The Animal Products Act – The Way Ahead

28 October 1999

The new Animal Products Act will deliver food safety assurances, advance New Zealand's export competitiveness and potentially save the country millions per annum.

The Act, which in most part commences on November 1, covers the production and processing of all animal products unless otherwise specified.

It will directly affect a wide range of New Zealanders such as processors of animal products, farmers, homekill operators, exporters, and recreational hunters.

It will affect all other New Zealanders by ensuring animal products are free from diseases, defects and contaminants of concern. This is considered vital to the health and well being of consumers on both the domestic and international market.

Internationally, consumer confidence was shaken following headlines of breakdowns in the food safety system - BSE in Britain and E.coli outbreaks in Japan, Australia, Scotland and the United States. These highly visible episodes lead to widespread moves internationally and in New Zealand, to revise food safety regulations. In New Zealand these were a factor in the development of the Animal Products Act.

The Animal Products Act will eventually repeal the Meat Act 1981 and the Apiaries Act regime. The Meat Act in particular was considered outdated, inconsistent and unduly prescriptive, and industries felt constrained by it.

The Animal Products Act 1999 will be implemented over a three-year transitional period – until 31 October 2002. During this time the two former Acts will operate in parallel except in a three key areas - export provisions, cost recovery and homekill – which come into force from day one (1 November 1999). The transitional provisions are contained in the Animal Products (Ancillary and Transitional Provisions) Act.

Government and the Risk Management System

The Animal Products Act will reduce the Government's involvement at the operational level of the business and puts the responsibility for risk management on industry.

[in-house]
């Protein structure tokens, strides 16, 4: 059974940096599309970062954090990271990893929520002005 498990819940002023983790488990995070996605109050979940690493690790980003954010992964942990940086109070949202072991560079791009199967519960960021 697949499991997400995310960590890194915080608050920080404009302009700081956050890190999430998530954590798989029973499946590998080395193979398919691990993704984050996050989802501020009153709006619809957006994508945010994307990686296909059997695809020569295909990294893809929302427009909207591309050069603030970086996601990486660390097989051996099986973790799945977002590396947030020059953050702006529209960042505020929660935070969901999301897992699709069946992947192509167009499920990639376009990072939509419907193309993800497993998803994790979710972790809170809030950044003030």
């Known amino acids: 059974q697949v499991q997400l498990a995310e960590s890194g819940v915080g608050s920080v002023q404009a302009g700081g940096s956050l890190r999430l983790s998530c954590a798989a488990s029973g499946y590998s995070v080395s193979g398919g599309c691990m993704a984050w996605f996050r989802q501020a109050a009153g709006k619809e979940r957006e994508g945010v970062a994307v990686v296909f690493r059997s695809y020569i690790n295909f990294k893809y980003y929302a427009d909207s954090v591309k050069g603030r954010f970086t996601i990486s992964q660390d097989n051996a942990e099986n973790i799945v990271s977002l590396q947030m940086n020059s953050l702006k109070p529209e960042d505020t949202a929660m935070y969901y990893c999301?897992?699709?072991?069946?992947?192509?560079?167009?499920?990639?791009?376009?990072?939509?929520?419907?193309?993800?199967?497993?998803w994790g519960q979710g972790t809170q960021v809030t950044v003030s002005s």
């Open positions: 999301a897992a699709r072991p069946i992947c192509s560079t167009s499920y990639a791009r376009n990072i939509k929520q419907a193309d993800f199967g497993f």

Government's new role focuses on managing a risk management system within which it sets risk management outcomes for businesses to meet, rather than prescribing how industry should deliver safe animal products. Industry operator's must develop and implement their own risk management programmes tailored to meet their own specific needs.

All primary processors of animal material and secondary processors of animal products which are not food, and 'dual operator' butchers must develop and implement risk management programmes, which manage known biological, chemical and physical hazards involved in processing animal products.

The risk management programme must reflect current knowledge regarding food risk management and include Hazard Analysis and Critical Control Point (HACCP) principles (i.e. that the animal products are safe and healthy for consumption by humans and animals). The risk management programme must be able to demonstrate that the business is effective in delivering animal products that meet the operational systems and product standards.

As these programmes are specifically tailored, those businesses that already have specially tailored quality assurance programmes in place are likely to enjoy significant cost savings because many of the quality assurance aspects will satisfy risk management programme requirements. Many businesses already operating under both the Food Hygiene Regulations of the Food Act and the Meat Act will now be able to operate under their elected regime and not be required to meet both sets of concurrent requirements. Risk management programmes are equivalent to food safety programmes under the Food Act.

To reduce implementation costs further, the new Act facilitates the establishment by different industry groups of 'generic template' risk management programmes that businesses could adapt to their particular operations. Much of industry is already acquainted with HACCP principles and the philosophy of food safety risk management, so it will not be a new concept for them.